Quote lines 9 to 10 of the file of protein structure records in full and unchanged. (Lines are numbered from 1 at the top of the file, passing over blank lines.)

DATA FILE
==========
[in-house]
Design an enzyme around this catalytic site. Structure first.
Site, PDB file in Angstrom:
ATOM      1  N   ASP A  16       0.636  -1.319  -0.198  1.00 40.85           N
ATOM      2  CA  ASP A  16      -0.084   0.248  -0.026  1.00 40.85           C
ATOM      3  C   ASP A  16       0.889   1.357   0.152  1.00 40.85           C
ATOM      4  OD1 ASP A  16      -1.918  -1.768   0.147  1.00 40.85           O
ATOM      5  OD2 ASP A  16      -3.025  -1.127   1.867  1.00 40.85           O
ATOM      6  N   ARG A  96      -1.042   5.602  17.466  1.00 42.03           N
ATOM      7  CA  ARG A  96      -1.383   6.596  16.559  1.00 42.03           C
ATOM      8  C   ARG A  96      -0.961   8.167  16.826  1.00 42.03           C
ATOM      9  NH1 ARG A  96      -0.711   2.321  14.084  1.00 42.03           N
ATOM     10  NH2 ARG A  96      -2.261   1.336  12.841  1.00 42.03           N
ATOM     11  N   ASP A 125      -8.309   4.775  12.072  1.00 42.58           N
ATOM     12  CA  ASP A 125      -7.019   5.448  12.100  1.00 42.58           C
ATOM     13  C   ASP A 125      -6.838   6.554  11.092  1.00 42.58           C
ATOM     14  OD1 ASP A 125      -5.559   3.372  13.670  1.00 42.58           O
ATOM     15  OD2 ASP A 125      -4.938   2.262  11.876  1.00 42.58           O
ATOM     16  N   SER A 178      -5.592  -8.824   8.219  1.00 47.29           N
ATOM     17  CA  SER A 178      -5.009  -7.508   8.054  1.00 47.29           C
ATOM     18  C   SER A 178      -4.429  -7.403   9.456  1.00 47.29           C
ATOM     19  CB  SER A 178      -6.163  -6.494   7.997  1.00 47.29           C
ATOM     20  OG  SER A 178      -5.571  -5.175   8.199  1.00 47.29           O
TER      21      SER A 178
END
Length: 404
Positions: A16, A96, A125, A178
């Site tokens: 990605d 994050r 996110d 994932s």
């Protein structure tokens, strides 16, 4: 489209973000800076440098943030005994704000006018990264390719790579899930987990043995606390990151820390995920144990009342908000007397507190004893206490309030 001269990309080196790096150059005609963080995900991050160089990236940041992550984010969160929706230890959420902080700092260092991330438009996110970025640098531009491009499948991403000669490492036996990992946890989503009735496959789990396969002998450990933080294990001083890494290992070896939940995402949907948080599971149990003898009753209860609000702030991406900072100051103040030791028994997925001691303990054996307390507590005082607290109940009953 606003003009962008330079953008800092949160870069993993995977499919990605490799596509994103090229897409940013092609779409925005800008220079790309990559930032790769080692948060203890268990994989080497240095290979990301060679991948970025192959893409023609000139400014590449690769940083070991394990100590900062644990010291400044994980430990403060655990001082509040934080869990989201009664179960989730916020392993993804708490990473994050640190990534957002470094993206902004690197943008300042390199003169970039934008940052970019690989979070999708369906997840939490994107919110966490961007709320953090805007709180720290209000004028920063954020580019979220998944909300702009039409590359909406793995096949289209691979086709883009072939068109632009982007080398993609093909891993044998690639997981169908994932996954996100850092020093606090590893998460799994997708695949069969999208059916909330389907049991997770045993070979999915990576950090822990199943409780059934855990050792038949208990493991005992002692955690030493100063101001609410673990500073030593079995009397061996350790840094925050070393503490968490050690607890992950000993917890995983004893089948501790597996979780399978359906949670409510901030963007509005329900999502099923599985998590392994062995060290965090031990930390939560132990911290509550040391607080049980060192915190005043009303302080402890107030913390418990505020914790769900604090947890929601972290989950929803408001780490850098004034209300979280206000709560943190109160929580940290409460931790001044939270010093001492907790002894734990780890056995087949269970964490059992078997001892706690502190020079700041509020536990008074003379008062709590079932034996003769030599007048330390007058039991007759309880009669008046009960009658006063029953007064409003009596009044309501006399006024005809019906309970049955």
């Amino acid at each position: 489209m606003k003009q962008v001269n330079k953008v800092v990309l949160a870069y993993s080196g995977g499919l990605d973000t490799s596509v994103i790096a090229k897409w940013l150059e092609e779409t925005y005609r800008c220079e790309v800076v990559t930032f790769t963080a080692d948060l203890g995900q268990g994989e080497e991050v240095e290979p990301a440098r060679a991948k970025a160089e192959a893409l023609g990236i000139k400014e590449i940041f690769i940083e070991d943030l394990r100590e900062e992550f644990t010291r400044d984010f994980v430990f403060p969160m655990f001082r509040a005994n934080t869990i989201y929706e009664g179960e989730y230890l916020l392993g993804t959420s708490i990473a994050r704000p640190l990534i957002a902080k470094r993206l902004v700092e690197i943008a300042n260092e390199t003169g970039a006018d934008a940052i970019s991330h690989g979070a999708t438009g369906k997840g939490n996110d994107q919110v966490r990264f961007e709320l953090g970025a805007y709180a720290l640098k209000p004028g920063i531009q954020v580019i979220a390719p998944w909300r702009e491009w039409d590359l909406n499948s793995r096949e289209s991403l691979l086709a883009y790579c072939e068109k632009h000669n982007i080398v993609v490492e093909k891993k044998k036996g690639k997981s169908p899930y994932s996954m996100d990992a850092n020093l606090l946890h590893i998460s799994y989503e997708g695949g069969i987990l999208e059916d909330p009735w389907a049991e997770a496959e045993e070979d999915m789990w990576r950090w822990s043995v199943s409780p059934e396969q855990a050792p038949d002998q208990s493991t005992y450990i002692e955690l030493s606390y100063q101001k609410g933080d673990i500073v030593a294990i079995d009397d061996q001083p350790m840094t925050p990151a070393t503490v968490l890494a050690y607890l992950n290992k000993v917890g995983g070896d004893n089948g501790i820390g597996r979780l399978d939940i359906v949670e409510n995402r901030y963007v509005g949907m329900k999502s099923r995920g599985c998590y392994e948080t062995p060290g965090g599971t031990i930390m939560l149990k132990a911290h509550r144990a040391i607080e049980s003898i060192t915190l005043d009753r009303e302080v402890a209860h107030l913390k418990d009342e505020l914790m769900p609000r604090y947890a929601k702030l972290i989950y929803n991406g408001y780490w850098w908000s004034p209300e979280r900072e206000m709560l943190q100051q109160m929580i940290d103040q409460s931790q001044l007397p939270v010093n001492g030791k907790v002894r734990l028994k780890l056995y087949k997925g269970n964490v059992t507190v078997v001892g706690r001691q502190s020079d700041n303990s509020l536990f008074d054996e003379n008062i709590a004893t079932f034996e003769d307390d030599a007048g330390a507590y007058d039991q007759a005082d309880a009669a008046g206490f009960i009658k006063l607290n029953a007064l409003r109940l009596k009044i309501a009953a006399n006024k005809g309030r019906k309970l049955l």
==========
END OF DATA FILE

ATOM      6  N   ARG A  96      -1.042   5.602  17.466  1.00 42.03           N
ATOM      7  CA  ARG A  96      -1.383   6.596  16.559  1.00 42.03           C